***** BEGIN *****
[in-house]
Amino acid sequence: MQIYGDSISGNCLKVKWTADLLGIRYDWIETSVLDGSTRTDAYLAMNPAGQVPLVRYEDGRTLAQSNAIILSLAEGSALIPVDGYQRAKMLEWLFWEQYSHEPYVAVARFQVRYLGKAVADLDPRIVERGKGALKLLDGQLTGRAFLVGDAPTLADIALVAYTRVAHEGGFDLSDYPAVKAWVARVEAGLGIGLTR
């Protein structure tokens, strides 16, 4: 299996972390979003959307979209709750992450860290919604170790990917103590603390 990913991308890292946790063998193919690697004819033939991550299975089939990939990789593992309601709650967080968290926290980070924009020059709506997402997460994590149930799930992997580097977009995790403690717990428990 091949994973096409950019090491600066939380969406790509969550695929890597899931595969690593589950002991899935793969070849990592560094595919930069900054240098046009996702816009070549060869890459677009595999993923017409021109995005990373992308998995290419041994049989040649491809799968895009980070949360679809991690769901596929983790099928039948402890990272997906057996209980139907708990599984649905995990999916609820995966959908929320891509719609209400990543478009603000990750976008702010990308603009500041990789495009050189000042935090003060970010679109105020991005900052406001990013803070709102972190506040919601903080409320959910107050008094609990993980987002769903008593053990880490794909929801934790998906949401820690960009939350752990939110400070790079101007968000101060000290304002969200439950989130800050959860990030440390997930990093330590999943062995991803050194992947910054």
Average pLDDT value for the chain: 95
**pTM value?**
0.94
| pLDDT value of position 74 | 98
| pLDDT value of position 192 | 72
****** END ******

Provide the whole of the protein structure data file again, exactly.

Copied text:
[in-house]
Amino acid sequence: MQIYGDSISGNCLKVKWTADLLGIRYDWIETSVLDGSTRTDAYLAMNPAGQVPLVRYEDGRTLAQSNAIILSLAEGSALIPVDGYQRAKMLEWLFWEQYSHEPYVAVARFQVRYLGKAVADLDPRIVERGKGALKLLDGQLTGRAFLVGDAPTLADIALVAYTRVAHEGGFDLSDYPAVKAWVARVEAGLGIGLTR
């Protein structure tokens, strides 16, 4: 299996972390979003959307979209709750992450860290919604170790990917103590603390 990913991308890292946790063998193919690697004819033939991550299975089939990939990789593992309601709650967080968290926290980070924009020059709506997402997460994590149930799930992997580097977009995790403690717990428990 091949994973096409950019090491600066939380969406790509969550695929890597899931595969690593589950002991899935793969070849990592560094595919930069900054240098046009996702816009070549060869890459677009595999993923017409021109995005990373992308998995290419041994049989040649491809799968895009980070949360679809991690769901596929983790099928039948402890990272997906057996209980139907708990599984649905995990999916609820995966959908929320891509719609209400990543478009603000990750976008702010990308603009500041990789495009050189000042935090003060970010679109105020991005900052406001990013803070709102972190506040919601903080409320959910107050008094609990993980987002769903008593053990880490794909929801934790998906949401820690960009939350752990939110400070790079101007968000101060000290304002969200439950989130800050959860990030440390997930990093330590999943062995991803050194992947910054």
Average pLDDT value for the chain: 95
**pTM value?**
0.94
| pLDDT value of position 74 | 98
| pLDDT value of position 192 | 72